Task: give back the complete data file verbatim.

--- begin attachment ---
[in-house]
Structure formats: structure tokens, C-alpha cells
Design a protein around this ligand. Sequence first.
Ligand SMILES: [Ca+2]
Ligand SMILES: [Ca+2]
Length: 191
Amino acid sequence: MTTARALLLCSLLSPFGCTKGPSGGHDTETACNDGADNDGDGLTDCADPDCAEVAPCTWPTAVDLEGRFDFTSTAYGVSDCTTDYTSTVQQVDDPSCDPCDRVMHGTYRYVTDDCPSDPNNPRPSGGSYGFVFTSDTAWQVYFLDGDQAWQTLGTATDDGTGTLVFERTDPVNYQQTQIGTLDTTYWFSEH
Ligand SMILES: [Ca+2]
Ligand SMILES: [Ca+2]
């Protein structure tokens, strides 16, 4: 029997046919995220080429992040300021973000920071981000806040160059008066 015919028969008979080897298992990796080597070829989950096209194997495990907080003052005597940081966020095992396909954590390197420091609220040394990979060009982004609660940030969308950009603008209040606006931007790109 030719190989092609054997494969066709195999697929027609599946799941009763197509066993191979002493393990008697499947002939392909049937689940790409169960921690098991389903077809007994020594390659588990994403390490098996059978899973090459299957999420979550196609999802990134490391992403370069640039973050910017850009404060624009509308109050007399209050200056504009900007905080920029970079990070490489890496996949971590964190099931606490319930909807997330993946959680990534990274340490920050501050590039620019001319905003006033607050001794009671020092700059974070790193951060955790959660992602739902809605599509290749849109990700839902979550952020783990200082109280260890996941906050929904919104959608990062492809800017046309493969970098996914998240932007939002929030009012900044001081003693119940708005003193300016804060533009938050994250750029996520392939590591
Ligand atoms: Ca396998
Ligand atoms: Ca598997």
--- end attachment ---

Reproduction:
[in-house]
Structure formats: structure tokens, C-alpha cells
Design a protein around this ligand. Sequence first.
Ligand SMILES: [Ca+2]
Ligand SMILES: [Ca+2]
Length: 191
Amino acid sequence: MTTARALLLCSLLSPFGCTKGPSGGHDTETACNDGADNDGDGLTDCADPDCAEVAPCTWPTAVDLEGRFDFTSTAYGVSDCTTDYTSTVQQVDDPSCDPCDRVMHGTYRYVTDDCPSDPNNPRPSGGSYGFVFTSDTAWQVYFLDGDQAWQTLGTATDDGTGTLVFERTDPVNYQQTQIGTLDTTYWFSEH
Ligand SMILES: [Ca+2]
Ligand SMILES: [Ca+2]
């Protein structure tokens, strides 16, 4: 029997046919995220080429992040300021973000920071981000806040160059008066 015919028969008979080897298992990796080597070829989950096209194997495990907080003052005597940081966020095992396909954590390197420091609220040394990979060009982004609660940030969308950009603008209040606006931007790109 030719190989092609054997494969066709195999697929027609599946799941009763197509066993191979002493393990008697499947002939392909049937689940790409169960921690098991389903077809007994020594390659588990994403390490098996059978899973090459299957999420979550196609999802990134490391992403370069640039973050910017850009404060624009509308109050007399209050200056504009900007905080920029970079990070490489890496996949971590964190099931606490319930909807997330993946959680990534990274340490920050501050590039620019001319905003006033607050001794009671020092700059974070790193951060955790959660992602739902809605599509290749849109990700839902979550952020783990200082109280260890996941906050929904919104959608990062492809800017046309493969970098996914998240932007939002929030009012900044001081003693119940708005003193300016804060533009938050994250750029996520392939590591
Ligand atoms: Ca396998
Ligand atoms: Ca598997």